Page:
OSHA requirements are set by statute, standards and regulations. Our interpretation letters explain these requirements and how they apply to particular circumstances, but they cannot create additional employer obligations. This letter constitutes OSHA's interpretation of the requirements discussed. Note that our enforcement guidance may be affected by changes to OSHA rules. Also, from time to time we update our guidance in response to new information. To keep apprised of such developments, you can consult OSHA's website at https://www.osha.gov.

July 17, 2002

Mr. Barry A. Cole
Executive Vice President
Miller Safety Consulting, Inc.
5750 Pecos Street, Suite 6
Denver, CO 80221

Dear Mr. Cole:

By letter dated April 11, 2002, we responded to an inquiry that you sent us regarding perimeter guardrail requirements under the new steel erection standard. Since our letter, you have discussed this issue further with members of my staff. We have developed the question and answer below in order to address an aspect of your question that was not addressed in our April 11 letter.

Scenario: In a multi-story structure, prior to the installation of decking, an ironworker installs a perimeter cable to be used as a horizontal lifeline -- as an anchorage for personal fall protection equipment. The lifeline meets the criteria for a personal fall arrest anchorage. However, since it is a single cable, it does not meet the guardrail requirements under §§1926.760(d) and 1926.502. All ironworkers exposed to the perimeter edge will be protected with personal fall protection. In this scenario, is there a violation of the steel erection standard's perimeter guardrail requirements?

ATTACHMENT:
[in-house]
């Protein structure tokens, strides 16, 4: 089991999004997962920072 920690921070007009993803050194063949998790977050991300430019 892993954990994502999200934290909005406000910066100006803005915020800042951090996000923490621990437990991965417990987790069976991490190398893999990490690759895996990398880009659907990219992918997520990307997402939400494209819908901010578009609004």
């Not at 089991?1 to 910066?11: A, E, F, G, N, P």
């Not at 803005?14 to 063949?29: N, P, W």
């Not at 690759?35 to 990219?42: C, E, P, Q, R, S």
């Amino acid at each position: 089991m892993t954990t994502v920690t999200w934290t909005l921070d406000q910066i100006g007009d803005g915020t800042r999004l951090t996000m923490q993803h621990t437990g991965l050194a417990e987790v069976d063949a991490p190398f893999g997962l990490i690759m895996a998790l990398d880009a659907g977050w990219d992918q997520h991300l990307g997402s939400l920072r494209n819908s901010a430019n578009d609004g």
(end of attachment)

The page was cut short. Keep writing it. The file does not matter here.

Answer: The key to the answer to this question lies in the fact that, in this scenario, the perimeter cable is erected before the decking on that floor has been installed. Under §1926.760(a)(2), in multi-story structures, a perimeter safety cable must be installed "as soon as the metal decking as been installed." Under §1926.760(d)(3) the required perimeter safety cable must meet the guardrail requirements in §1926.502. However, the standard does NOT require a perimeter guardrail to be installed prior to the installation of the decking. So, before the decking has been installed, a horizontal lifeline at the perimeter is not required to serve as a perimeter guardrail.

In this scenario no worker uses the lifeline as a guardrail -- all are protected by personal fall arrest equipment. Since there is no requirement that a perimeter guardrail be in place at that point and no employee uses the perimeter cable as a guardrail for fall protection, there is no violation of §1926.760(d)(3) prior to the installation of the decking.

Once the decking has been installed, the guardrail criteria is required to be met because at that point a perimeter guardrail meeting the criteria must be in place.

If you need additional information, please do not hesitate to contact us by fax at: U.S. Department of Labor, OSHA, [Directorate of Construction, Office of Construction Standards and Guidance], fax # 202-693-1689. You can also contact us by mail at the above office, Room N3468, 200 Constitution Avenue, N.W., Washington, D.C. 20210, although there will be a delay in our receiving correspondence by mail.


Russell B. Swanson, Director
Directorate of Construction